BASF strengthens innovation pipeline for sustainable agriculture
March 4, 2021
BASF strengthens its activities in research and development (R&D) for sustainable agricultural innovations, helping farmers to overcome environmental and economic challenges as well as meeting consumers’ demand for more sustainably produced food. With solutions launching throughout the next decade, the pipeline supports the company’s aim to annually increase its sales share of agricultural solutions with substantial contribution to sustainability by 7%.
By 2030, more than 30 major R&D projects will complement BASF’s connected offer of seeds and seed treatment products, chemical and biological solutions, as well as digital services. This brings the pipeline to an estimated peak sales potential of more than €7.5 billion. In 2020, BASF spent €840 million in R&D in the Agricultural Solutions segment; representing around 11% of the segment’s sales. In 2021, the company will continue to invest in R&D of agricultural innovations at a high level.
“BASF leads in solutions for sustainable agriculture. In addition to developing innovations, we also provide a connected offer, combining effective products as well as new technologies and services, tailored to customers’ needs and their different crop systems around the world,” said Vincent Gros, President of BASF’s Agricultural Solutions division. BASF has committed to ambitious sustainability targets for its agriculture business by 2030: Besides increasing the annual sales share of sustainable agricultural solutions, farmers will be supported in reducing their CO2 emissions by 30% per ton of crop produced. Further, the company strives to apply digital technologies on more than 400 million hectares of farmland cumulatively by 2030, while continuing to ensure the safe use of its products. BASF remains committed to developing solutions that drive the transformation of the agricultural food system for the better. “Sustainability is engrained in our entire R&D process. It leads the way in how we develop our innovations, which support farmers produce more and better while preserving natural resources,” Gros emphasized.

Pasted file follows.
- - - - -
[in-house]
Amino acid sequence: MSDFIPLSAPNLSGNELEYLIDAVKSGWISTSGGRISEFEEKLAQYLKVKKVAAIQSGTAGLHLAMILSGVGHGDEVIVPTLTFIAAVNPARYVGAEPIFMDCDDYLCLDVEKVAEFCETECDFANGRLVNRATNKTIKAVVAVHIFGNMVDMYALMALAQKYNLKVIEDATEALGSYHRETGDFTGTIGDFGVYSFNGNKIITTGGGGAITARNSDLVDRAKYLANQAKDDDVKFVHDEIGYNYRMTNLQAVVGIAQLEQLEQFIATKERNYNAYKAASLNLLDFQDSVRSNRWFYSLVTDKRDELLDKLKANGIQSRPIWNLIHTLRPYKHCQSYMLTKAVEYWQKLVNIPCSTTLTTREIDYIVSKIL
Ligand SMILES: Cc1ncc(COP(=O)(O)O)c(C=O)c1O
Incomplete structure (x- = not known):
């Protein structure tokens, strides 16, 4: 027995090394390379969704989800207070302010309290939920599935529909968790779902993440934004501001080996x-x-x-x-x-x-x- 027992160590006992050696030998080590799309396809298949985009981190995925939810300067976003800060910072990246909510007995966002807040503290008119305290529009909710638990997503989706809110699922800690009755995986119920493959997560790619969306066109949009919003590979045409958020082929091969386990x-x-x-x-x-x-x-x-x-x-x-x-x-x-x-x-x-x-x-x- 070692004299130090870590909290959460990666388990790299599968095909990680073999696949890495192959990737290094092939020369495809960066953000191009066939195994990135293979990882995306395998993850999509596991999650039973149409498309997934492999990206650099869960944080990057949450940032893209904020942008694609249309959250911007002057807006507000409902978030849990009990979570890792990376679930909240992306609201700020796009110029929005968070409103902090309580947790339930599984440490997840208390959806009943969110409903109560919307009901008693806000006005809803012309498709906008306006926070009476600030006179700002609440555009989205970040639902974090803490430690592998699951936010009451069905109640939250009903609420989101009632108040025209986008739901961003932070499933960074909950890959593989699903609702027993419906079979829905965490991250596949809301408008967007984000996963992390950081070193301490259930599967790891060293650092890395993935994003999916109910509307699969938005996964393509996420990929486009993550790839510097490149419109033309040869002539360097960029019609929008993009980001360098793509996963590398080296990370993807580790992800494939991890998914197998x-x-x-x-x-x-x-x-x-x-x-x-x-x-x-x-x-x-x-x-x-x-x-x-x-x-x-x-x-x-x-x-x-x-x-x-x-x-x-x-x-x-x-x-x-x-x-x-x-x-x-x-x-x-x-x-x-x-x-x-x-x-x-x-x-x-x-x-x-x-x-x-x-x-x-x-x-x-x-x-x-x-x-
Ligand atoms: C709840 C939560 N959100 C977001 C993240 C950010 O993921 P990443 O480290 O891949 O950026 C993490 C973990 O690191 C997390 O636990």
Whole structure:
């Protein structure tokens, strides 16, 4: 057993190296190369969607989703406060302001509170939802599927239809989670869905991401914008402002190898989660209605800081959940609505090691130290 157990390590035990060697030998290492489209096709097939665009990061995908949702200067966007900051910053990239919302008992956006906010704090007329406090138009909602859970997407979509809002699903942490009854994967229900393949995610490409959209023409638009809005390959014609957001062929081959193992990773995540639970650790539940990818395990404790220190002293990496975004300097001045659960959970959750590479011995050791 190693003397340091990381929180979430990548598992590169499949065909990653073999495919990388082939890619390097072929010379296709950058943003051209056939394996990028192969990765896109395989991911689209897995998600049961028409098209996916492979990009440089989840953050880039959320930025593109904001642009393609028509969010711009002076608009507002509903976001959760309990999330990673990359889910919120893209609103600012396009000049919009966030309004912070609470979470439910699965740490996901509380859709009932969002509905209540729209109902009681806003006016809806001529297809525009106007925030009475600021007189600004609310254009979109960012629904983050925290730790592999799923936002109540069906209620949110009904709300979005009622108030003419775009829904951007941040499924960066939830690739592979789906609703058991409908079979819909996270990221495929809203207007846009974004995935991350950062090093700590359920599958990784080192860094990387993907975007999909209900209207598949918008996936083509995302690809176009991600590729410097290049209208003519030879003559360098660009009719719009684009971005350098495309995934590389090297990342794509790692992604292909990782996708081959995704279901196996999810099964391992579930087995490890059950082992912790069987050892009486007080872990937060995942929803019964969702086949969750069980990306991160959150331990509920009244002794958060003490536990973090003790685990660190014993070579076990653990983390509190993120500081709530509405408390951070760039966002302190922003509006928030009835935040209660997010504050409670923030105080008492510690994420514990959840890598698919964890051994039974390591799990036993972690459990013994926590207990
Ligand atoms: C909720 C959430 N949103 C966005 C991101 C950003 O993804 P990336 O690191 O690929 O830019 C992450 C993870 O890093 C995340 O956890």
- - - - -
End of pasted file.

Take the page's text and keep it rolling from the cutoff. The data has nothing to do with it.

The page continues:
Connected offer for productive and environmentally friendly farming
By 2050, farmers will have to feed an estimated 9.7 billion people, requiring an increase in productivity of 50%. Digitalization has the potential to make an important contribution to this. The company is therefore advancing its digital technologies together with other innovations across its whole portfolio. This combination allows farmers to achieve better yield on existing arable land, while supporting biodiversity preservation.